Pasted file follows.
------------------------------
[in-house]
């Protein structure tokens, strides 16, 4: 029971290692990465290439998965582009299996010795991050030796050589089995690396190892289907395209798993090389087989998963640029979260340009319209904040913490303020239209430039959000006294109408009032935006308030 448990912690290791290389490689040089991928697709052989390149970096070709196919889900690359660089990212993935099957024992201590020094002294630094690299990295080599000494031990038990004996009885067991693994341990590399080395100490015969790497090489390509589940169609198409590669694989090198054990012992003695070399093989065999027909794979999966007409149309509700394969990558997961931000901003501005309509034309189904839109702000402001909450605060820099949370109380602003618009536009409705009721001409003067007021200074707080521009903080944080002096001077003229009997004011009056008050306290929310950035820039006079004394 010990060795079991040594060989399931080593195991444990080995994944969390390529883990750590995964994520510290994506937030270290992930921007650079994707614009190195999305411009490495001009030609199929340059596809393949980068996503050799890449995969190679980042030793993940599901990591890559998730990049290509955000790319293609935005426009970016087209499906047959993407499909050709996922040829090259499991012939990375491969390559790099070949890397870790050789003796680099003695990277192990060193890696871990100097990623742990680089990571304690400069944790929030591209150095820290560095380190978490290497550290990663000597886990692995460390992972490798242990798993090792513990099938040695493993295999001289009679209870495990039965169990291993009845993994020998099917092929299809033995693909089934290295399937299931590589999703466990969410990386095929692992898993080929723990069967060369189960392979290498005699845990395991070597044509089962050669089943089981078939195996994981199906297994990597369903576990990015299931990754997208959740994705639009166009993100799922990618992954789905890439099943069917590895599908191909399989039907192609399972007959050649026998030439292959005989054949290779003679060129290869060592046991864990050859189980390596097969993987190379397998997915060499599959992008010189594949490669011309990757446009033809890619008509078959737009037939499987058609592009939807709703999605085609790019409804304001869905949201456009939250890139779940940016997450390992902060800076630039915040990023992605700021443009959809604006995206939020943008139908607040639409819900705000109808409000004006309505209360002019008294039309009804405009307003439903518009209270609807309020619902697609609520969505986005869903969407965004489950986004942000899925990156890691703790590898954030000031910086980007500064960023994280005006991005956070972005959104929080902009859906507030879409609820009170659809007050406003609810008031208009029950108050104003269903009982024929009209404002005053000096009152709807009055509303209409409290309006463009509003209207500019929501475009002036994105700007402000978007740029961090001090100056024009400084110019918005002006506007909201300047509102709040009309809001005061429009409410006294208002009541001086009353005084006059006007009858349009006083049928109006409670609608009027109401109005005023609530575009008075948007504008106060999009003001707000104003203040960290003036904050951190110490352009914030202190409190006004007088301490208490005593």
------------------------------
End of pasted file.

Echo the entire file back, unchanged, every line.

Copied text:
[in-house]
């Protein structure tokens, strides 16, 4: 029971290692990465290439998965582009299996010795991050030796050589089995690396190892289907395209798993090389087989998963640029979260340009319209904040913490303020239209430039959000006294109408009032935006308030 448990912690290791290389490689040089991928697709052989390149970096070709196919889900690359660089990212993935099957024992201590020094002294630094690299990295080599000494031990038990004996009885067991693994341990590399080395100490015969790497090489390509589940169609198409590669694989090198054990012992003695070399093989065999027909794979999966007409149309509700394969990558997961931000901003501005309509034309189904839109702000402001909450605060820099949370109380602003618009536009409705009721001409003067007021200074707080521009903080944080002096001077003229009997004011009056008050306290929310950035820039006079004394 010990060795079991040594060989399931080593195991444990080995994944969390390529883990750590995964994520510290994506937030270290992930921007650079994707614009190195999305411009490495001009030609199929340059596809393949980068996503050799890449995969190679980042030793993940599901990591890559998730990049290509955000790319293609935005426009970016087209499906047959993407499909050709996922040829090259499991012939990375491969390559790099070949890397870790050789003796680099003695990277192990060193890696871990100097990623742990680089990571304690400069944790929030591209150095820290560095380190978490290497550290990663000597886990692995460390992972490798242990798993090792513990099938040695493993295999001289009679209870495990039965169990291993009845993994020998099917092929299809033995693909089934290295399937299931590589999703466990969410990386095929692992898993080929723990069967060369189960392979290498005699845990395991070597044509089962050669089943089981078939195996994981199906297994990597369903576990990015299931990754997208959740994705639009166009993100799922990618992954789905890439099943069917590895599908191909399989039907192609399972007959050649026998030439292959005989054949290779003679060129290869060592046991864990050859189980390596097969993987190379397998997915060499599959992008010189594949490669011309990757446009033809890619008509078959737009037939499987058609592009939807709703999605085609790019409804304001869905949201456009939250890139779940940016997450390992902060800076630039915040990023992605700021443009959809604006995206939020943008139908607040639409819900705000109808409000004006309505209360002019008294039309009804405009307003439903518009209270609807309020619902697609609520969505986005869903969407965004489950986004942000899925990156890691703790590898954030000031910086980007500064960023994280005006991005956070972005959104929080902009859906507030879409609820009170659809007050406003609810008031208009029950108050104003269903009982024929009209404002005053000096009152709807009055509303209409409290309006463009509003209207500019929501475009002036994105700007402000978007740029961090001090100056024009400084110019918005002006506007909201300047509102709040009309809001005061429009409410006294208002009541001086009353005084006059006007009858349009006083049928109006409670609608009027109401109005005023609530575009008075948007504008106060999009003001707000104003203040960290003036904050951190110490352009914030202190409190006004007088301490208490005593």